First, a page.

gutter system located at the bottom of the screens. The water is then

transported through the gutters into large cisterns that keep the water at an appropriate cooler temperature so that the water does not evaporate.

large cisterns that keep the water at an appropriate cooler temperature so that the water does
large cisterns that keep the water at an appropriate cooler temperature so that the water does
large cisterns that keep the water at an appropriate cooler temperature so that the water does

BIOMIMICRY

BIOMIMICRY ORGANISM LEVEL • Termite Mound and Temperature Regulation

BIOMIMICRY

ORGANISM LEVEL

Termite Mound and Temperature Regulation

BIOMIMICRY ORGANISM LEVEL • Termite Mound and Temperature Regulation

Eastgate Center, Zimbabwe, Mick Pearce The Eastgate Center is mostly made of concrete which is an excellent

material to use as an insulator as well as absorbing heat from the sun.

The outside air that is brought into the building is either warmed or

cooled depending on the temperature of the buildings mass. If the buildings mass is cooler, than the air that enters the structure would also be cooled. The air is then directed upwards towards the chimney but on its way up to the top it passes into the building’s floors and

offices. The building is actually made up of three parts; two exterior

structures and a glass center that connects them together. The glass space in the center also participates in natural convection and is usually open to the local breezes.

The glass space in the center also participates in natural convection and is usually open to
The glass space in the center also participates in natural convection and is usually open to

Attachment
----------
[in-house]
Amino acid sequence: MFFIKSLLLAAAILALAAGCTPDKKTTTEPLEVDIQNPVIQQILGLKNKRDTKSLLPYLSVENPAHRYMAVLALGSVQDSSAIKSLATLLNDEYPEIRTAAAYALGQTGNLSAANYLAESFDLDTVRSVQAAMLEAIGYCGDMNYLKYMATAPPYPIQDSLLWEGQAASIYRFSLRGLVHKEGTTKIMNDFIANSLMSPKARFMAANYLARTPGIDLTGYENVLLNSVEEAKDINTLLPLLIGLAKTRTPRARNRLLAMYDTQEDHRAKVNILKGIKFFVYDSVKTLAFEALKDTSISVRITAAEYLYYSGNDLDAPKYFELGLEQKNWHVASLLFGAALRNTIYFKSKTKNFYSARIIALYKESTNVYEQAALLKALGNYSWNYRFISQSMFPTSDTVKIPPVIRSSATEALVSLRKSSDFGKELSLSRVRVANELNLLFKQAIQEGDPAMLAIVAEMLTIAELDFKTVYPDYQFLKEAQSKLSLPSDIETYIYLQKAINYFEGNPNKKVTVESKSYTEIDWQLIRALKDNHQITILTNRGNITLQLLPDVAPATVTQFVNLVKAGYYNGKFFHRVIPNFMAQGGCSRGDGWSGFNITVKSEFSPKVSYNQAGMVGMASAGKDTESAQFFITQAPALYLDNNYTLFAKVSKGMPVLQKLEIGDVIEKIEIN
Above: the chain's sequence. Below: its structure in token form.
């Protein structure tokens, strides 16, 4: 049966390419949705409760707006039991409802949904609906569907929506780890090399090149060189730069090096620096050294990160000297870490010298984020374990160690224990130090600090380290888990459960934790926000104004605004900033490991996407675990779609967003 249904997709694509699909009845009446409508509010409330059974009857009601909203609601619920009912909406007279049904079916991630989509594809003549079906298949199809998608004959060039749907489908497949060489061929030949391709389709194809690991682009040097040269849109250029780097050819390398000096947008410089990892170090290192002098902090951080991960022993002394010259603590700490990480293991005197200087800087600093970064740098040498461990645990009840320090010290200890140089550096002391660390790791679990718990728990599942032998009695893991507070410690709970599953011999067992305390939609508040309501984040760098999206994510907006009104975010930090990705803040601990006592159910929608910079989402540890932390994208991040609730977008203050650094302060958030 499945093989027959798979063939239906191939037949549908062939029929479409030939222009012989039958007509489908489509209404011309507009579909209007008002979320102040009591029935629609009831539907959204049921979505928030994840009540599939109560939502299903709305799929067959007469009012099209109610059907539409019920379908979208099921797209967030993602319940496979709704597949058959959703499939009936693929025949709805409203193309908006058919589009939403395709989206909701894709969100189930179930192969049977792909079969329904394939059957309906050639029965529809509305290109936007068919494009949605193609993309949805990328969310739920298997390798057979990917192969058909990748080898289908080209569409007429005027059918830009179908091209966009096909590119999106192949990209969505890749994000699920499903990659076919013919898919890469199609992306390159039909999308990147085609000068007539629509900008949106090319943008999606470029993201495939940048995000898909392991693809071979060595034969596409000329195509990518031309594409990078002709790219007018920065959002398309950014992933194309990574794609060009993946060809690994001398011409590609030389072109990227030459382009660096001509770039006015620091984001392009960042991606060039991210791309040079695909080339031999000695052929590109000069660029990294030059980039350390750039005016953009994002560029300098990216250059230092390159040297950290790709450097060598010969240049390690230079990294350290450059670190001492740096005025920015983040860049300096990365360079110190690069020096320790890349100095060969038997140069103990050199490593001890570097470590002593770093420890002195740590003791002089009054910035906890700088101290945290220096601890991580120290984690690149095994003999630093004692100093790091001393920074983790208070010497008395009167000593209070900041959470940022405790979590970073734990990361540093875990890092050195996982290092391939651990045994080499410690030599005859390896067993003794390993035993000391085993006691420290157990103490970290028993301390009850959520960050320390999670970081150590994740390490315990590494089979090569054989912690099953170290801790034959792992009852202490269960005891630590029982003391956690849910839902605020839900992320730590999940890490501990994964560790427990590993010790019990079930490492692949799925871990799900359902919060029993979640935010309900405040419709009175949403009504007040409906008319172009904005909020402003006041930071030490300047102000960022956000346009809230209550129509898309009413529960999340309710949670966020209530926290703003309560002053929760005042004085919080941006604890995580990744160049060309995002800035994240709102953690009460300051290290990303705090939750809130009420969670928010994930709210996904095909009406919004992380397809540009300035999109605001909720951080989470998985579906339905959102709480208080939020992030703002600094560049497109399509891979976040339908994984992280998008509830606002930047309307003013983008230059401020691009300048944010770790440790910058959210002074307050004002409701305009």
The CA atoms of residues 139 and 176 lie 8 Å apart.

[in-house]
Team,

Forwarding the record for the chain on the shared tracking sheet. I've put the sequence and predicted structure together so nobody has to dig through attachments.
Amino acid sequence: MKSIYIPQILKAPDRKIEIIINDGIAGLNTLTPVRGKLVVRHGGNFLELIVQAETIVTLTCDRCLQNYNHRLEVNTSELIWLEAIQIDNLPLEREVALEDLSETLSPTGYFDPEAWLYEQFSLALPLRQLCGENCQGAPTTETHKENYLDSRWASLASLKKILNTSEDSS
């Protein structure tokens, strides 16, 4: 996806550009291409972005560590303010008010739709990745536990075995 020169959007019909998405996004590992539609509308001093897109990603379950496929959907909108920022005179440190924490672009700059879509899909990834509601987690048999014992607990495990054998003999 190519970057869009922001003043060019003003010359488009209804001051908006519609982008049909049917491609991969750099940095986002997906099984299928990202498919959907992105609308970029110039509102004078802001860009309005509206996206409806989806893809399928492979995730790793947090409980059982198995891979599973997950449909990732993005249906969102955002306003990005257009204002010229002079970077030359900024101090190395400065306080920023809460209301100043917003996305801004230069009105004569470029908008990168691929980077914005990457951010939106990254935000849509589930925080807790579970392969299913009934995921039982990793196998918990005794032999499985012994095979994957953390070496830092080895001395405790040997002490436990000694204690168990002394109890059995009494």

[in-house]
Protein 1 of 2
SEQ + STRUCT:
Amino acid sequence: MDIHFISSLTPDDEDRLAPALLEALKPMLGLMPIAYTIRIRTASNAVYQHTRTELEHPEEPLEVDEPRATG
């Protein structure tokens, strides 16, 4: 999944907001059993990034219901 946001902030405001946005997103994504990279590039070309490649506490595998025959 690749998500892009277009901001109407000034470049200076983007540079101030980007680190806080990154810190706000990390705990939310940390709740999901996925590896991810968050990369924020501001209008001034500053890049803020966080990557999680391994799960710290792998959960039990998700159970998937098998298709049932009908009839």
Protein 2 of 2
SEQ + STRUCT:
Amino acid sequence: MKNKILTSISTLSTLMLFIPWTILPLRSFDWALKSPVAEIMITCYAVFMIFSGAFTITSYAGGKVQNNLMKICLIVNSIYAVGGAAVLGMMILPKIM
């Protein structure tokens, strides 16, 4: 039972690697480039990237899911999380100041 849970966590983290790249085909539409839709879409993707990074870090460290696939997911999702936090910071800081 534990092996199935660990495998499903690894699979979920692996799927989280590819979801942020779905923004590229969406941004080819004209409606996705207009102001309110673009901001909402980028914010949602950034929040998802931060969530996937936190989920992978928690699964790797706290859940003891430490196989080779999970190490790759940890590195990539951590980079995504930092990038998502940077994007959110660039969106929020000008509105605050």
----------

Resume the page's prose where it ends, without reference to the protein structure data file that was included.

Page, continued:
BIOMIMICRY

BIOMIMICRY ECOSYSTEM LEVEL Coral Reef Project Haiti Over the past few years, Haiti has been

BIOMIMICRY

ECOSYSTEM LEVEL

Coral Reef Project Haiti

Over the past few years, Haiti has been victims to devastating earthquakes, ranging from 7.0 and up on the Richter scale, which had a substantial impact on the country as a whole. Everyone was forced to watch as their homes and community were destroyed by these

tremendous natural disasters.

Vincent Callebaut, who is the founder of Vincent Callebaut Architecte, looked to nature as the basis for his design proposal. Callebaut explored the principals behind coral reefs. Coral is basically underwater structural formations that consist of calcium carbonate.

the principals behind coral reefs. Coral is basically underwater structural formations that consist of calcium carbonate.
the principals behind coral reefs. Coral is basically underwater structural formations that consist of calcium carbonate.

This unit is made up of two passive houses, having metallic structure and tropical wood facades, which interlocks in duplex round the horizontal circulation which joins every single unit. When these houses, or modules, are accumulated together, they form the organic shape of the two waves of “corals”. Because they

were designed in this way, the modules have the ability to cantilever out over one

another which gives the opportunity for an organic garden to be present on every module, using the roof of the unit below as the garden. The roof gardens then serve as a way for each family to cultivate and grow their own food, making them self-sufficient.

What makes this design so unique is that it is actually constructed

from only using one standardized and prefabricated module. It is the placement and orientation of each module that give the overall scheme a non-uniform design aesthetic.

The project also features hydro-turbines which are located underneath

the pier. The hydro-turbines use the kinetic energy from the sea and convert it into

electrical energy. To capture solar energy, arrays of photovoltaic panels are also placed on the top of the roofs. In the center of the two coral waves, there is spiraling wind turbines which generate power from the tropical wind that passes through the valley. With all of these systems working as one, the design becomes a self-sufficient, carbon neutral village for the people of Haiti.